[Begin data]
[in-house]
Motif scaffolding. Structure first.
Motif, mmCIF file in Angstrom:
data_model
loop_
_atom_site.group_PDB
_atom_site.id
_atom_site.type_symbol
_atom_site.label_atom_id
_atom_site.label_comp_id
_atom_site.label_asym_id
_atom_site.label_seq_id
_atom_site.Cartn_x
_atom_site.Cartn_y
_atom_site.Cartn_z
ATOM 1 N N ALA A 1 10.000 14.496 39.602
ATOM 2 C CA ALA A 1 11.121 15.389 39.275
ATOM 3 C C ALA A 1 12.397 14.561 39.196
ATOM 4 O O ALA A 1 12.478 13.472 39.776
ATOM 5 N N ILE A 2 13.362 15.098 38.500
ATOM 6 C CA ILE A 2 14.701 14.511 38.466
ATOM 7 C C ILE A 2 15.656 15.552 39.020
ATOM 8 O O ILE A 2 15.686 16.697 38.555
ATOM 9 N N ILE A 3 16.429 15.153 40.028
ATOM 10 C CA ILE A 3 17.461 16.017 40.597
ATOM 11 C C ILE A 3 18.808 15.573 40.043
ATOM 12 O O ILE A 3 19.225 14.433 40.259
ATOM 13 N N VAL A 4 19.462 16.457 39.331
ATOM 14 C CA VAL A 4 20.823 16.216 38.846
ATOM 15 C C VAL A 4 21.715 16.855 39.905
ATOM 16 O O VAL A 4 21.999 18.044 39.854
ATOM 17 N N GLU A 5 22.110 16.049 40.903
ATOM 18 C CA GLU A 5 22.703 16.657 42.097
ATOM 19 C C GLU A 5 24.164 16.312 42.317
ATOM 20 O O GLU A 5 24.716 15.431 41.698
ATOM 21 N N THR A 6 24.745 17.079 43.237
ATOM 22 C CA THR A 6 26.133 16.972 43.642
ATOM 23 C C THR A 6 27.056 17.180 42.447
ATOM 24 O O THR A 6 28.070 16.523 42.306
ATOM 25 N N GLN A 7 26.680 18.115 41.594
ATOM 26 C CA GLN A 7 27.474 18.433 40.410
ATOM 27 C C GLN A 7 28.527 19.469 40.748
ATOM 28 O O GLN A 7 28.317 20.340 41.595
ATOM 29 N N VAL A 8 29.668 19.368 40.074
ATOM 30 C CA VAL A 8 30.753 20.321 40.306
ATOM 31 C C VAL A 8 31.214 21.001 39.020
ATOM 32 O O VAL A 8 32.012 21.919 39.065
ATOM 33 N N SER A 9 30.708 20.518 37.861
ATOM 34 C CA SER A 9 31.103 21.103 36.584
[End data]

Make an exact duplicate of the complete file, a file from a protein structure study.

[in-house]
Motif scaffolding. Structure first.
Motif, mmCIF file in Angstrom:
data_model
loop_
_atom_site.group_PDB
_atom_site.id
_atom_site.type_symbol
_atom_site.label_atom_id
_atom_site.label_comp_id
_atom_site.label_asym_id
_atom_site.label_seq_id
_atom_site.Cartn_x
_atom_site.Cartn_y
_atom_site.Cartn_z
ATOM 1 N N ALA A 1 10.000 14.496 39.602
ATOM 2 C CA ALA A 1 11.121 15.389 39.275
ATOM 3 C C ALA A 1 12.397 14.561 39.196
ATOM 4 O O ALA A 1 12.478 13.472 39.776
ATOM 5 N N ILE A 2 13.362 15.098 38.500
ATOM 6 C CA ILE A 2 14.701 14.511 38.466
ATOM 7 C C ILE A 2 15.656 15.552 39.020
ATOM 8 O O ILE A 2 15.686 16.697 38.555
ATOM 9 N N ILE A 3 16.429 15.153 40.028
ATOM 10 C CA ILE A 3 17.461 16.017 40.597
ATOM 11 C C ILE A 3 18.808 15.573 40.043
ATOM 12 O O ILE A 3 19.225 14.433 40.259
ATOM 13 N N VAL A 4 19.462 16.457 39.331
ATOM 14 C CA VAL A 4 20.823 16.216 38.846
ATOM 15 C C VAL A 4 21.715 16.855 39.905
ATOM 16 O O VAL A 4 21.999 18.044 39.854
ATOM 17 N N GLU A 5 22.110 16.049 40.903
ATOM 18 C CA GLU A 5 22.703 16.657 42.097
ATOM 19 C C GLU A 5 24.164 16.312 42.317
ATOM 20 O O GLU A 5 24.716 15.431 41.698
ATOM 21 N N THR A 6 24.745 17.079 43.237
ATOM 22 C CA THR A 6 26.133 16.972 43.642
ATOM 23 C C THR A 6 27.056 17.180 42.447
ATOM 24 O O THR A 6 28.070 16.523 42.306
ATOM 25 N N GLN A 7 26.680 18.115 41.594
ATOM 26 C CA GLN A 7 27.474 18.433 40.410
ATOM 27 C C GLN A 7 28.527 19.469 40.748
ATOM 28 O O GLN A 7 28.317 20.340 41.595
ATOM 29 N N VAL A 8 29.668 19.368 40.074
ATOM 30 C CA VAL A 8 30.753 20.321 40.306
ATOM 31 C C VAL A 8 31.214 21.001 39.020
ATOM 32 O O VAL A 8 32.012 21.919 39.065
ATOM 33 N N SER A 9 30.708 20.518 37.861
ATOM 34 C CA SER A 9 31.103 21.103 36.584